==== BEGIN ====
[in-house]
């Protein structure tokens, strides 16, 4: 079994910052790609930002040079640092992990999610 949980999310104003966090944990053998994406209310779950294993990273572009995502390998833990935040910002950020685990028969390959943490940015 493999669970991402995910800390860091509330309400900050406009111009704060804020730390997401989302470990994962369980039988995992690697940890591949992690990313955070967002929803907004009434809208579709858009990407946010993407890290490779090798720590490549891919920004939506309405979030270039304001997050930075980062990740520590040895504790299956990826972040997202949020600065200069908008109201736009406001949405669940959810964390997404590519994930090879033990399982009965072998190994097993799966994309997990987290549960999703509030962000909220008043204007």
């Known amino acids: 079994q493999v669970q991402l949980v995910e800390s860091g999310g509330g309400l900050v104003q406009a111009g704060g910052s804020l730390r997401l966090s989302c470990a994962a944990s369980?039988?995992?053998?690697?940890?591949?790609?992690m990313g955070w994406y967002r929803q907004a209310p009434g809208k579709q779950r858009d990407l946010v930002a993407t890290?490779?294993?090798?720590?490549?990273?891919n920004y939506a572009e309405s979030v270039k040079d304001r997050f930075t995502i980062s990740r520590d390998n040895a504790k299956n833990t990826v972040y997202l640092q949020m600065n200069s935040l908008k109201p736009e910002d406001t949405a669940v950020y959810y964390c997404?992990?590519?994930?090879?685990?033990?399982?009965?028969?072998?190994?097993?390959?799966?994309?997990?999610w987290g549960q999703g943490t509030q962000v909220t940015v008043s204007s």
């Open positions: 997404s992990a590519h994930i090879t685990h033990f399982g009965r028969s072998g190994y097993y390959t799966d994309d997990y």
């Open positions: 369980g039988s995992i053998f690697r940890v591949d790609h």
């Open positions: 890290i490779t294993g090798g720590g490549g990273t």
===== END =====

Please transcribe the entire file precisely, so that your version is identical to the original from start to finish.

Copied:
[in-house]
């Protein structure tokens, strides 16, 4: 079994910052790609930002040079640092992990999610 949980999310104003966090944990053998994406209310779950294993990273572009995502390998833990935040910002950020685990028969390959943490940015 493999669970991402995910800390860091509330309400900050406009111009704060804020730390997401989302470990994962369980039988995992690697940890591949992690990313955070967002929803907004009434809208579709858009990407946010993407890290490779090798720590490549891919920004939506309405979030270039304001997050930075980062990740520590040895504790299956990826972040997202949020600065200069908008109201736009406001949405669940959810964390997404590519994930090879033990399982009965072998190994097993799966994309997990987290549960999703509030962000909220008043204007």
């Known amino acids: 079994q493999v669970q991402l949980v995910e800390s860091g999310g509330g309400l900050v104003q406009a111009g704060g910052s804020l730390r997401l966090s989302c470990a994962a944990s369980?039988?995992?053998?690697?940890?591949?790609?992690m990313g955070w994406y967002r929803q907004a209310p009434g809208k579709q779950r858009d990407l946010v930002a993407t890290?490779?294993?090798?720590?490549?990273?891919n920004y939506a572009e309405s979030v270039k040079d304001r997050f930075t995502i980062s990740r520590d390998n040895a504790k299956n833990t990826v972040y997202l640092q949020m600065n200069s935040l908008k109201p736009e910002d406001t949405a669940v950020y959810y964390c997404?992990?590519?994930?090879?685990?033990?399982?009965?028969?072998?190994?097993?390959?799966?994309?997990?999610w987290g549960q999703g943490t509030q962000v909220t940015v008043s204007s």
């Open positions: 997404s992990a590519h994930i090879t685990h033990f399982g009965r028969s072998g190994y097993y390959t799966d994309d997990y």
């Open positions: 369980g039988s995992i053998f690697r940890v591949d790609h």
């Open positions: 890290i490779t294993g090798g720590g490549g990273t």